Does chick development relate to breeding latitude in waders and gulls?
12 – 23
1 April 07
K. M. C. Tjørve
K. M. C. Tjørve
Avian Demography Unit, Dept of Statistical Sciences, University of Cape Town, Rondebosch 7701, South Africa.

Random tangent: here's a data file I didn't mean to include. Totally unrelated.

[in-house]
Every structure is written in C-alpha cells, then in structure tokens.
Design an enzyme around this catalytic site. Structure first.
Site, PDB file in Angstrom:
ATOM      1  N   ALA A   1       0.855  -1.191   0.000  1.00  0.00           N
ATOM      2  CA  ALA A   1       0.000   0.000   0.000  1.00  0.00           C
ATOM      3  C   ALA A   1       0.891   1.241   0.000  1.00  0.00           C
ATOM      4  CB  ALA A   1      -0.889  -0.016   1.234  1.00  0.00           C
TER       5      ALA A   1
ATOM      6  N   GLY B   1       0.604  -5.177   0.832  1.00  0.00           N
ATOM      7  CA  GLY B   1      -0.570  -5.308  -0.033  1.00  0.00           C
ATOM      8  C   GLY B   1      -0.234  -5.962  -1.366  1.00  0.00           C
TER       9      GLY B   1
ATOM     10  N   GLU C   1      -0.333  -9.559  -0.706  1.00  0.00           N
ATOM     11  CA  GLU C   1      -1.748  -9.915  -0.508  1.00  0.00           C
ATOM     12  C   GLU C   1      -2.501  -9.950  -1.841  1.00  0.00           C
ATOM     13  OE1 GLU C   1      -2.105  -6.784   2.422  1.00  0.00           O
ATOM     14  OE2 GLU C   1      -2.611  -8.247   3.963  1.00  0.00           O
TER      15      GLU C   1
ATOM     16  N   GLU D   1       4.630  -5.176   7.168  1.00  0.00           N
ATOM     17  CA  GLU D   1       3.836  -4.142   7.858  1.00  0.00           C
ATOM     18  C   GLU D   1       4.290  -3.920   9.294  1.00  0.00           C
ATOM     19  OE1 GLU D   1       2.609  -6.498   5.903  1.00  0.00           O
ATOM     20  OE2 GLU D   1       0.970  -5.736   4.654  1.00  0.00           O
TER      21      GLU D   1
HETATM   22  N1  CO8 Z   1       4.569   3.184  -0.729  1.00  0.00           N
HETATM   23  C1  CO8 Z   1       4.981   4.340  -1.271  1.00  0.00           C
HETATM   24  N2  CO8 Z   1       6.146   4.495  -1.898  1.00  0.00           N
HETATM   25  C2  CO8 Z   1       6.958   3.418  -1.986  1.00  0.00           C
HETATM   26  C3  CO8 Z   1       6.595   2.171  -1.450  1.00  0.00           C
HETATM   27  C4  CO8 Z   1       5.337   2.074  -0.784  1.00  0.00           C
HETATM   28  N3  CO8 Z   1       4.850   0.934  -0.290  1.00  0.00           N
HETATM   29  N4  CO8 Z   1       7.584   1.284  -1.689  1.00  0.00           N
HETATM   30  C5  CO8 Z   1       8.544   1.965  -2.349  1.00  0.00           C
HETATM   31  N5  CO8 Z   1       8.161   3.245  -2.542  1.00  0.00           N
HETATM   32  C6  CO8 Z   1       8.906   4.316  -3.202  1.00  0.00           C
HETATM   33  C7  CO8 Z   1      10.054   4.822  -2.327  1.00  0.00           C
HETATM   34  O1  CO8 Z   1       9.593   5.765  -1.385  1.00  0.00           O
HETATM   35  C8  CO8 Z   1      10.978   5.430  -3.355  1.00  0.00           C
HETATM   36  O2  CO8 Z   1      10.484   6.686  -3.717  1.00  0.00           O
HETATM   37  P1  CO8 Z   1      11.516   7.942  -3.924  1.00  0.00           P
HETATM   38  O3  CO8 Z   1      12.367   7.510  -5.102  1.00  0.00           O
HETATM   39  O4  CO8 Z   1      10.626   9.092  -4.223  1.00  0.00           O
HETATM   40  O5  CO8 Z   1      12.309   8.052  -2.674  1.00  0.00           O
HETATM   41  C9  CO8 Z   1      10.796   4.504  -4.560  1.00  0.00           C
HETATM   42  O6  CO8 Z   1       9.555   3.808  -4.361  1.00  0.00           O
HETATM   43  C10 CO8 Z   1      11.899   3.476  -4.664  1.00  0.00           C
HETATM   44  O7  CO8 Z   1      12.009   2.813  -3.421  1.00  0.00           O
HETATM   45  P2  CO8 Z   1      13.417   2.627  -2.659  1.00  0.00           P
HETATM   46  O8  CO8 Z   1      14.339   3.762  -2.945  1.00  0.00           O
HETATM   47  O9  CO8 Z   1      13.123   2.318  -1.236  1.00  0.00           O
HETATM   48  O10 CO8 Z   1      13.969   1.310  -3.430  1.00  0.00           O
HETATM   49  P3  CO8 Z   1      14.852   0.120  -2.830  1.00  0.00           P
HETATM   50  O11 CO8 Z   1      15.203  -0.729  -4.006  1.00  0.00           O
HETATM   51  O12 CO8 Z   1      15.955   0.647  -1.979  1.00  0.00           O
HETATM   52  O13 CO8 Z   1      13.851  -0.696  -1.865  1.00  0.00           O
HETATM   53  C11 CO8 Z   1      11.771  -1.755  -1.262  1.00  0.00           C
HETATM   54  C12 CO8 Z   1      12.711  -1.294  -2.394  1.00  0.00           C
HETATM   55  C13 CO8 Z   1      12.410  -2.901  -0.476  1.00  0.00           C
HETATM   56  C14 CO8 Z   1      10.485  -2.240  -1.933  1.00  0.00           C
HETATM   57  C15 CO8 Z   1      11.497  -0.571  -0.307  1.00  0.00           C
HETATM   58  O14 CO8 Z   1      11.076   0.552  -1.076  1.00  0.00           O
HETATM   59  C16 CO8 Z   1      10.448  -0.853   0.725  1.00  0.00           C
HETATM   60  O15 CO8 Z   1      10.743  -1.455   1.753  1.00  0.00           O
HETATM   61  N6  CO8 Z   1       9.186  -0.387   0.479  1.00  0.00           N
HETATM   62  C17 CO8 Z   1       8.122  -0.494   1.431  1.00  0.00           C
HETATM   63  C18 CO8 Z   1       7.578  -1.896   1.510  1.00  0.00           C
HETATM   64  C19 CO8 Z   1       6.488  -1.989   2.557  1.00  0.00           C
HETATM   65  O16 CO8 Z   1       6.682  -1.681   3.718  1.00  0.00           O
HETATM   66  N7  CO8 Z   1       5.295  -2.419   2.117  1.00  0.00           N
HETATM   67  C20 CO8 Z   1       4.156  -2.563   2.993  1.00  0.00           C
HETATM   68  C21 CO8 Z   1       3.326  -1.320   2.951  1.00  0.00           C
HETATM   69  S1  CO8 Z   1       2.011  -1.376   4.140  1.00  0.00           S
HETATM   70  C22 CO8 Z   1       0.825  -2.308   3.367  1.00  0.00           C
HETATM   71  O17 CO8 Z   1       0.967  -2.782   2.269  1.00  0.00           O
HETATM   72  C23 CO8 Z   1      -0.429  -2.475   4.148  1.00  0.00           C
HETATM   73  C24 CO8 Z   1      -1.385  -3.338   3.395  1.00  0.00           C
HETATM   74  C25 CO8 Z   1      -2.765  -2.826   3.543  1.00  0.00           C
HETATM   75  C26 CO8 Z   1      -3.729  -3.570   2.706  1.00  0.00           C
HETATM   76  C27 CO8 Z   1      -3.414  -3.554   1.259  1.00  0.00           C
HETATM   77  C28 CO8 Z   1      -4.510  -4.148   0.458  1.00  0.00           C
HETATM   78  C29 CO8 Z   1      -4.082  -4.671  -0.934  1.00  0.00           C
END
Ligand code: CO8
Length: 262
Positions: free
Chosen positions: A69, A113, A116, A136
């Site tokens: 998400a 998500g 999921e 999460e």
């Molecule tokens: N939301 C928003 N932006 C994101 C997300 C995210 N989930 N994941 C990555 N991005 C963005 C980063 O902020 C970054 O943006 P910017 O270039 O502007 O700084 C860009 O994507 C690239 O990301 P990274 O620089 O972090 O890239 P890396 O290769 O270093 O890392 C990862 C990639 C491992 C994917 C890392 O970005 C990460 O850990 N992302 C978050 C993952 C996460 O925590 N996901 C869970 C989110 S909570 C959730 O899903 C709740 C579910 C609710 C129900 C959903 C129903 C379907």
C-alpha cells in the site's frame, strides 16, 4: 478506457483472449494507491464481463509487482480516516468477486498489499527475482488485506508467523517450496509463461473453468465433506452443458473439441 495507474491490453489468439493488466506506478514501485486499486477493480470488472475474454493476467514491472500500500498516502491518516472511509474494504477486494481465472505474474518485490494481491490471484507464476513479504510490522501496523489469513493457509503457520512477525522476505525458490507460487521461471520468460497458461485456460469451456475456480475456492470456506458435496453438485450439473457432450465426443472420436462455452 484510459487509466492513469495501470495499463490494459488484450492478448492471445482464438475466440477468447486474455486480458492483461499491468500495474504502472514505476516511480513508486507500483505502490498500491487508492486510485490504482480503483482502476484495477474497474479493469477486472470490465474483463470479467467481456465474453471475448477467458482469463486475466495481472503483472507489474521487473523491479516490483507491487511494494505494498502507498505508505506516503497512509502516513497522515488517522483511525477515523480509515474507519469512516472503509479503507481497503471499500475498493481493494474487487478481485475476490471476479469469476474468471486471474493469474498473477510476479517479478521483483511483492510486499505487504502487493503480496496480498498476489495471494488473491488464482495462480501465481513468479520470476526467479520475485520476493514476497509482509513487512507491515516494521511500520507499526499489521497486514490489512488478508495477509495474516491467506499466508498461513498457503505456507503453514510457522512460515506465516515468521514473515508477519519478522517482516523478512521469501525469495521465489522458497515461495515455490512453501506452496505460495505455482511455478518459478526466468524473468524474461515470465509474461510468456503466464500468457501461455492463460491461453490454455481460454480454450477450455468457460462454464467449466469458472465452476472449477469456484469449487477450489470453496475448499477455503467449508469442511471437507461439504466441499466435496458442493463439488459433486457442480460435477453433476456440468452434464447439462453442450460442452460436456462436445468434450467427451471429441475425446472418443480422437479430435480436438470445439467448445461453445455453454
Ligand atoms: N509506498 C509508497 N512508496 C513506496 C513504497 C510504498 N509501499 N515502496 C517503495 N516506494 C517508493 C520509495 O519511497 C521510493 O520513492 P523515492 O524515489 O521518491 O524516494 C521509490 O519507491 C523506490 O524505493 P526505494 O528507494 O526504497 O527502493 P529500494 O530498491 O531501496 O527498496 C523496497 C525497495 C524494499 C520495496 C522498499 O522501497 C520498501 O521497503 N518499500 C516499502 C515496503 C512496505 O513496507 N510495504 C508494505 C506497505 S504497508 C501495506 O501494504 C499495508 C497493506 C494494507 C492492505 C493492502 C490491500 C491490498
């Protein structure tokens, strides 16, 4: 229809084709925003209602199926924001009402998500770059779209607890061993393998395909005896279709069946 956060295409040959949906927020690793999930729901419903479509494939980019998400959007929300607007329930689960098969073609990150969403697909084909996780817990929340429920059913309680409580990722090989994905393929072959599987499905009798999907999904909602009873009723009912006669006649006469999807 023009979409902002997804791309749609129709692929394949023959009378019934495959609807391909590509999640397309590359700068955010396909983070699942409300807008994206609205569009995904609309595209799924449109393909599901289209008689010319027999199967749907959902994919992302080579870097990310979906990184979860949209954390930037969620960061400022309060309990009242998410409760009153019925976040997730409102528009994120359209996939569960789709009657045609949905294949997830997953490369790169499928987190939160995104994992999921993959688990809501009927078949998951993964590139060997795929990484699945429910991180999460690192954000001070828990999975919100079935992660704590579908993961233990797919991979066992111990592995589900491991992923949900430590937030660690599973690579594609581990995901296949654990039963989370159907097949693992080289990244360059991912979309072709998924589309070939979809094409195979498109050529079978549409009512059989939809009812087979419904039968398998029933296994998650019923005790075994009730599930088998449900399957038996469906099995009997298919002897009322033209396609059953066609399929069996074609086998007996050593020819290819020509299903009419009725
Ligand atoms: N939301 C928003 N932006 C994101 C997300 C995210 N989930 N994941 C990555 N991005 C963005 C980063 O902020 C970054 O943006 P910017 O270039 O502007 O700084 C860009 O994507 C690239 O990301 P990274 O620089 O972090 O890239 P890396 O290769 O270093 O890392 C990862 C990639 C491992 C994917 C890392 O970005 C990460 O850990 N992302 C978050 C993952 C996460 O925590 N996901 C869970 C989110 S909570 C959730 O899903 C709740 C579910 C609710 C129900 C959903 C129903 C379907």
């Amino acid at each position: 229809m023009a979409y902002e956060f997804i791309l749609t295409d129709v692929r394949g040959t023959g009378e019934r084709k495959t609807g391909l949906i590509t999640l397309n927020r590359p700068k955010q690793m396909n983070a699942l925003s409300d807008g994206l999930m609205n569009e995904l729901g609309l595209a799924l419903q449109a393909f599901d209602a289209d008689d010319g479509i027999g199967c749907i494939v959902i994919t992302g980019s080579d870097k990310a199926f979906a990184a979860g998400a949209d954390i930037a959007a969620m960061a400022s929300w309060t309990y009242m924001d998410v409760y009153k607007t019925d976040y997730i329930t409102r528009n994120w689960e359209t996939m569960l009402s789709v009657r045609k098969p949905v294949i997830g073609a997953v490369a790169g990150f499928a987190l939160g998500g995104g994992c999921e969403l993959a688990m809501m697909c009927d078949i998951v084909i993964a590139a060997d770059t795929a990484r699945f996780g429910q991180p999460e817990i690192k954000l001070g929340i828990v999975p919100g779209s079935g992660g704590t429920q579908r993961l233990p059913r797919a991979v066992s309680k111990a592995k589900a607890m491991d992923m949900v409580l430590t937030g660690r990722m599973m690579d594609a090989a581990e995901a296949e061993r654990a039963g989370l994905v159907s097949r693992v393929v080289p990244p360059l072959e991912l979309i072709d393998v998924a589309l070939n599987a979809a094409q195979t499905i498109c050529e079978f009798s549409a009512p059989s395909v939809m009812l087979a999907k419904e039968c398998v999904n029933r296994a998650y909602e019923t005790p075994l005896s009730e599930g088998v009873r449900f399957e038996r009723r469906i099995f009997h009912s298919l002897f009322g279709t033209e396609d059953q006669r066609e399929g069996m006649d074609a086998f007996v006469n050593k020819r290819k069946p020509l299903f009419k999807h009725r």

Growth rate and energetics of avian chicks are expected to be adapted to mode of development, breeding habitat and geographic location of breeding. Waders and gulls are excellent organisms on which to test these hypotheses since they have wide breeding distributions from the Arctic to Antarctica, and exhibit considerable variation in breeding ecology. I use growth rate coefficients to analyse the growth of wader (Charadrii) and gull (Lari) chicks from my own fieldwork and published data (142 species). I also analysed published and new energy expenditure data for wader and gull chicks. These datasets are larger than those of previous studies and include novel data for precocial and semi-precocial wader species from the southern hemisphere. I found (1) that growth rate coefficients are greater in smaller species; (2) that growth rate coefficients of waders and gulls increase with breeding latitude, and those of gulls are greater than those of waders of similar size; (3) that peak daily metabolisable energy (DME) and total metabolisable energy (TME) of 23 wader and gull species are influenced by fledging mass, and peak DME increased with both increases in the length of the pre-fledging period and latitude; (4) that hatchling resting metabolic rate (RMR), peak RMR and RMR over the whole pre-fledging period of waders and gulls increases with increasing body mass; and (5) that chicks with shorter pre-fledging periods had a greater peak RMR and semi-precocial chicks expended less energy on RMR over the whole pre-fledging period than precocial chicks. These results gave me the opportunity to discuss evolutionary adaptations that might explain differences in growth and energetics among wader and gull species. Further analyses are necessary to control for phylogenetic non-independence of species and to consider other potentially confounding life-history variables such as parental care.